The shocking conclusion was that Native Americans in the southeast likely raised Chihuahuas as food for their elite and that these Chihuahuas arrived there from west Mexico, 1800 miles away,

I should note that this is a speculation, not a known fact.

But don't tell Paris Hilton.

update: I've been wondering about the part where it said the ate the dogs...

The South American Indians did eat a type of guinea pig, but these small animals are quiet and easy to raise (my son's first mom raised them in her kitchen for meat).

But these dogs tend to be high strung and wirey. So did they eat them, or did they use them to hunt and kill rodents?

according to Wikipedia, they were eaten:

In the time of the Aztecs, Mexican Hairless Dogs were bred, am

ong other purposes,[1Link02] for their meat. Hernán Cortés reported when he arrived in Tenochtitlan in 1519, "small gelded dogs which they breed for eating" were among the goods sold in the city markets.[103] These dogs, Xoloitzcuintles, were often depicted in pre-Columbian Mexican pottery. The breed was almost extinct in the 1940s, but the British Military Attaché in Mexico City, Norman Wright, developed a thriving breed from some of the dogs he found in remote villages.[104]

more HERE.

The hairless dog is probably the first domesticated animal in the Americas, they were bred for companionship, hunting and food

Headlines that make you go WTF (plus rants)

Physicians refusing to treat patients because they refused to let their kids get five million shots at the same time?

And other reports show docs turn down patients for smoking.

What's next? Refusing to treat alcoholics and drug abusers? Refusing to treat my "green" patients who deliver their babies at home and who who refuse to use chemical contraception? Refusing to treat gays who won't stop visiting the bath houses? Refusing to treat overweight people? Refusing to treat those patients who keep missing appointments?

heh: There go half my patients.


Iranian man blows himself up accidentally placing a terrorist Thailand?

Actually, the Thais have a very nasty Islamicist group in their south who are busy killing Buddhist teachers and Muslims who don't want to live as their ancestors did 800years ago. But this guy was a visitor, suggesting Iran is making mischief.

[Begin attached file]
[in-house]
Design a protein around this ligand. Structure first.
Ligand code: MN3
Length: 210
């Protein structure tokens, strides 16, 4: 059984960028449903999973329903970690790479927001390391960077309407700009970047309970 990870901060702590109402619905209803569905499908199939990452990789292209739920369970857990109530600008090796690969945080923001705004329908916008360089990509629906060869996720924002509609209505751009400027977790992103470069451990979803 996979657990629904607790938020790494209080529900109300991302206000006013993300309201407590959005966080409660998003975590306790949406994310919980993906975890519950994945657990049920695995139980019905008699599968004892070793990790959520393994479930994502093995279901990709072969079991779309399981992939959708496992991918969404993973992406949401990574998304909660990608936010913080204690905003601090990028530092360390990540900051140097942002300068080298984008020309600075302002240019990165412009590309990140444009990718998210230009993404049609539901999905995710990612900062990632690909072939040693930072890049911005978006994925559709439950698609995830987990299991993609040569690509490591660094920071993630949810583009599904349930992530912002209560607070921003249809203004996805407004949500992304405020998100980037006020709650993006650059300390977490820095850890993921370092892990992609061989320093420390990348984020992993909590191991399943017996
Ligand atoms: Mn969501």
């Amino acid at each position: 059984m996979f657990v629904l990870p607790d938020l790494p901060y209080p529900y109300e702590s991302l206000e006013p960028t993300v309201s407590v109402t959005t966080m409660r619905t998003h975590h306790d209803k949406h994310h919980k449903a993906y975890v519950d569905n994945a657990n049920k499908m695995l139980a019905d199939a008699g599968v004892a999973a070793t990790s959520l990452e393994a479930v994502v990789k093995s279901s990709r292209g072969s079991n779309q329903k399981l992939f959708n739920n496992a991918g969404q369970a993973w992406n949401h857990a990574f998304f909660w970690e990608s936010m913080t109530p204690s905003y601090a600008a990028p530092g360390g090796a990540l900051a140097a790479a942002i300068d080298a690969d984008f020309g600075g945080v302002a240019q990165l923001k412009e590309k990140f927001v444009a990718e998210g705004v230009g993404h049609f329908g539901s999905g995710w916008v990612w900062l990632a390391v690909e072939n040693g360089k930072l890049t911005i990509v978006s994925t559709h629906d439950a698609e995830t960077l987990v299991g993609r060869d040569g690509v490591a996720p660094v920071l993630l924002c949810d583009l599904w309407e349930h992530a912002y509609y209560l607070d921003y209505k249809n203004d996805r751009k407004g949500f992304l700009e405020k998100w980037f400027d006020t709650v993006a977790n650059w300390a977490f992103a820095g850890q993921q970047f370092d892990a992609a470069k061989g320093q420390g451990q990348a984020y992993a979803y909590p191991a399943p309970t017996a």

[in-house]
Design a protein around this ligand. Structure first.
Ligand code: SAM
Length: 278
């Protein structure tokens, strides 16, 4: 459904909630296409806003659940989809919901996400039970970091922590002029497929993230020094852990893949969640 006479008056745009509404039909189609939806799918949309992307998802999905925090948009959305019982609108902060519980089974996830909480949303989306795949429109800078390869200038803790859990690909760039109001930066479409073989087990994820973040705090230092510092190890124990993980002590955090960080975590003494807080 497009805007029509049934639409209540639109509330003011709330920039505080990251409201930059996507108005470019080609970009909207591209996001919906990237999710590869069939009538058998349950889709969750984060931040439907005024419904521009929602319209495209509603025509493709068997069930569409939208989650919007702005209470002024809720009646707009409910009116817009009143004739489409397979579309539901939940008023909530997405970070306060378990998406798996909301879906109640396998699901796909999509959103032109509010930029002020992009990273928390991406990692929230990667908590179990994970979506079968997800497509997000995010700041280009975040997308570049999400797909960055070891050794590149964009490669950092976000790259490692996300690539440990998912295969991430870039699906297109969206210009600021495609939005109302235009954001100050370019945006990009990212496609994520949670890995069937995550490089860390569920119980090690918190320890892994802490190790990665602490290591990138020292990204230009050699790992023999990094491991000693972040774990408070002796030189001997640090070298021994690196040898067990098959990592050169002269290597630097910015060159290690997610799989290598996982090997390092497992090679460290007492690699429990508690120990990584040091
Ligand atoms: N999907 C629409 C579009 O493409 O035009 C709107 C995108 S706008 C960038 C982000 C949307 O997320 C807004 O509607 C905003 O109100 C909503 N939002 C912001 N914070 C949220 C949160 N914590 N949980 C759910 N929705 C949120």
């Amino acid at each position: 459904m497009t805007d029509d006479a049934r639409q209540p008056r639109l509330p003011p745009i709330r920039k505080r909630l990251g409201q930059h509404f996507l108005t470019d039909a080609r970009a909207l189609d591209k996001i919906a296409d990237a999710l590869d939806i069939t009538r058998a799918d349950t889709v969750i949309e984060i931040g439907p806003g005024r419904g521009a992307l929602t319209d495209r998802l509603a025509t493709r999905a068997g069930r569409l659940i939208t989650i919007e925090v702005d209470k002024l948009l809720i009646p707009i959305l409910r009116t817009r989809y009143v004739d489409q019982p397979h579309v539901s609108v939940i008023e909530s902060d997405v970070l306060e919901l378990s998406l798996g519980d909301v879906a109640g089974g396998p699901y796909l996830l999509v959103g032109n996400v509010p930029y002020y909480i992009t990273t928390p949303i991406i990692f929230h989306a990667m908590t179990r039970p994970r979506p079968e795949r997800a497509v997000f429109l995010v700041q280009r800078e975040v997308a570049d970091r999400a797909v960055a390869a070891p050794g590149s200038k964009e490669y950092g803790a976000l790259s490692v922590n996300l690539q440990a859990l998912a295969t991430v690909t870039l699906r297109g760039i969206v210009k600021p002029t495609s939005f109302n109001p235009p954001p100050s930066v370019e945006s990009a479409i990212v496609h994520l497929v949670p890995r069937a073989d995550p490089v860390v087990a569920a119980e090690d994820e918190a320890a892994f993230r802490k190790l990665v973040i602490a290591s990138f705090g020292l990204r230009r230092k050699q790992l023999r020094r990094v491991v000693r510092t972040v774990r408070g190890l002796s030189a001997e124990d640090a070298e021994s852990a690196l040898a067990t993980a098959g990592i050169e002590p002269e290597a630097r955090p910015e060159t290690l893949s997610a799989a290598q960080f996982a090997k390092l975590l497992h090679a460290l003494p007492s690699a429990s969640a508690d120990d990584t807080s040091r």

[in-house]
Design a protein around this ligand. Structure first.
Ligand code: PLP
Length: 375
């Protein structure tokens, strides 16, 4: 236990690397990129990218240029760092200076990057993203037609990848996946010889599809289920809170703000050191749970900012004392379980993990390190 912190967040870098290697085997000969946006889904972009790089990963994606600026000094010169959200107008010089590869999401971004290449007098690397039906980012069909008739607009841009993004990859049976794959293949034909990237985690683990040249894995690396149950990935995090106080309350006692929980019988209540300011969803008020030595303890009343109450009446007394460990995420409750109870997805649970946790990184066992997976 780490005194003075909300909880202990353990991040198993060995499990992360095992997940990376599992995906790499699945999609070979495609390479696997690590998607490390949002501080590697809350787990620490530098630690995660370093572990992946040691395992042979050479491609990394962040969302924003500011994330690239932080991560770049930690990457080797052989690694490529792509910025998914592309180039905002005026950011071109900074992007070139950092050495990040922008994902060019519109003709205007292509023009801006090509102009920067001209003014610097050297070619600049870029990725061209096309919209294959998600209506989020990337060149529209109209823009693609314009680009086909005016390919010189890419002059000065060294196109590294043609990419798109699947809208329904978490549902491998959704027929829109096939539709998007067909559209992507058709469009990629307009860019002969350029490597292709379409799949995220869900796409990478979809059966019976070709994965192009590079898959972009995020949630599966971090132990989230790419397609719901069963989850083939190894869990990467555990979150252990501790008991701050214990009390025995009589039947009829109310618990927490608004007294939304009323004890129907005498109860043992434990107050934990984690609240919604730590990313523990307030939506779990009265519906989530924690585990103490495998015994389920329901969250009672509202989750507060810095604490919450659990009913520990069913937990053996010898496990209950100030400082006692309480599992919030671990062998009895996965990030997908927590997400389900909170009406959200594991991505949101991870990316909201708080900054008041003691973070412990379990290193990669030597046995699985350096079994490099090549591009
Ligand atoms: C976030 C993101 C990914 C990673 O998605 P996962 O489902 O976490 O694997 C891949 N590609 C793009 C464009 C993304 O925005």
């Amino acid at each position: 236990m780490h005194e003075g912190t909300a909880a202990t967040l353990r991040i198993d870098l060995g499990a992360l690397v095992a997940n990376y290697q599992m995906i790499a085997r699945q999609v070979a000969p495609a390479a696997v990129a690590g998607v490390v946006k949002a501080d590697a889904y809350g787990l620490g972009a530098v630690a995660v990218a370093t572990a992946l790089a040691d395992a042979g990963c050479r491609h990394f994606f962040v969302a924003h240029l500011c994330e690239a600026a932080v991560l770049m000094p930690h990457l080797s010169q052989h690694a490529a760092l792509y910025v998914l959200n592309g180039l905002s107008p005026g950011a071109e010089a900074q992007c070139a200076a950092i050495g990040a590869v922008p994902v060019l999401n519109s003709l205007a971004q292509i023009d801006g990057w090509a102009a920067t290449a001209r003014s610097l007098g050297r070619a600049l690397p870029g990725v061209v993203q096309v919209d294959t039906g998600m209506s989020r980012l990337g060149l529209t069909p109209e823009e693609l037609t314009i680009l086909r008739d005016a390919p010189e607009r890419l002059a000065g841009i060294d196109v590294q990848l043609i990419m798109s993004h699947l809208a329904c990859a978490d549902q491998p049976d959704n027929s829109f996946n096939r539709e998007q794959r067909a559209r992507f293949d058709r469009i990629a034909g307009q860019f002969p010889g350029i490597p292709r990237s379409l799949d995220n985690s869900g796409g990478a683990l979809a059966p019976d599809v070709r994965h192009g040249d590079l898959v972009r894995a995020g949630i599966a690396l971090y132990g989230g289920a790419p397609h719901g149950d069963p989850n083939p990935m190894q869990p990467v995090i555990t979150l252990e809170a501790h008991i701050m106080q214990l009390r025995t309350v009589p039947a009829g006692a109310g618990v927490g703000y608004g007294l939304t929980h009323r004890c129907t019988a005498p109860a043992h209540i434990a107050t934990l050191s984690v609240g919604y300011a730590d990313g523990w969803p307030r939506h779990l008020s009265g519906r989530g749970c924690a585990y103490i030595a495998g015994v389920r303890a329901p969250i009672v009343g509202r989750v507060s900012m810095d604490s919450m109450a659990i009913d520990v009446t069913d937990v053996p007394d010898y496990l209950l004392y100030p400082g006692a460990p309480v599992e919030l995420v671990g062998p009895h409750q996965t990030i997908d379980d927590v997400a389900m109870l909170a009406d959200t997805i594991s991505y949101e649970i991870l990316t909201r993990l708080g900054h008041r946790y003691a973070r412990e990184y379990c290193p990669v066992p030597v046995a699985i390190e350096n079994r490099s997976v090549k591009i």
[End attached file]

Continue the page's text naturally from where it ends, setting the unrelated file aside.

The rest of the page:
the bad guys in Iran have decided to hit their enemies in third world countries. The problem? It might make it harder for Iranians to emigrate.

Even here in the Philippines, we have a couple thousand Iranian students: our schools are good and teach in English, which means you will be able to get a job in the UK or US or Canada and won't have to go back home.

The emigration of the educated from Iran is a dirty little secret (it occurred under the Shah too). But this year, there is even an Iranian movie about the problem.

But a similar movie could be made about our OFW here, or in India, or in a dozen other countries where decent paying jobs are limited, and often getting ahead means who you know, not what you know...

latest "green" invention: rediscovering the heat exchangers.

I had one of these for my medical office 20 plus years ago.


make energy cheaper, and poor people will get greedy and want to buy more stuff that uses energy.

Yeah: Imagine that. Here, even the poor have cellphone, and buy used Korean TV's for 30 dollars, and vcd players that play pirated movies.

Discussion at Freakonomics.


Switzerland has plans to clean up the garbage in space
no, it will not use Megamaid, but a satellite with claws.

Wednesday, February 15, 2012

Another sign that the end of the world is nigh

Kim Kardashian was spotted going to church. photos here:

this report says:

Taking to her blog on February 12, Kim wrote, “I was shocked and saddened yesterday when I heard Whitney Houston had passed away....

heh: She has a blog?

I'm probably the only one in the blogosphere who doesn't know what Kim Kardashian does, or why she is famous.

Another sign that the end of the world is nigh

helloKitty Plush dolls

buy one as a Valentine present for your favorite pervert.

via HelloKittyHell

Family news

I spent the morning at the dentist, so not much blogging today.

Lolo is fine.

Tuesday, February 14, 2012

Six years waiting for justice

there are wanted posters all over town for the mayor....he actually was indicted awhile back but was walking around free.

Now he is "missing" and the family of the two sons of the politician who were killed have put up a reward.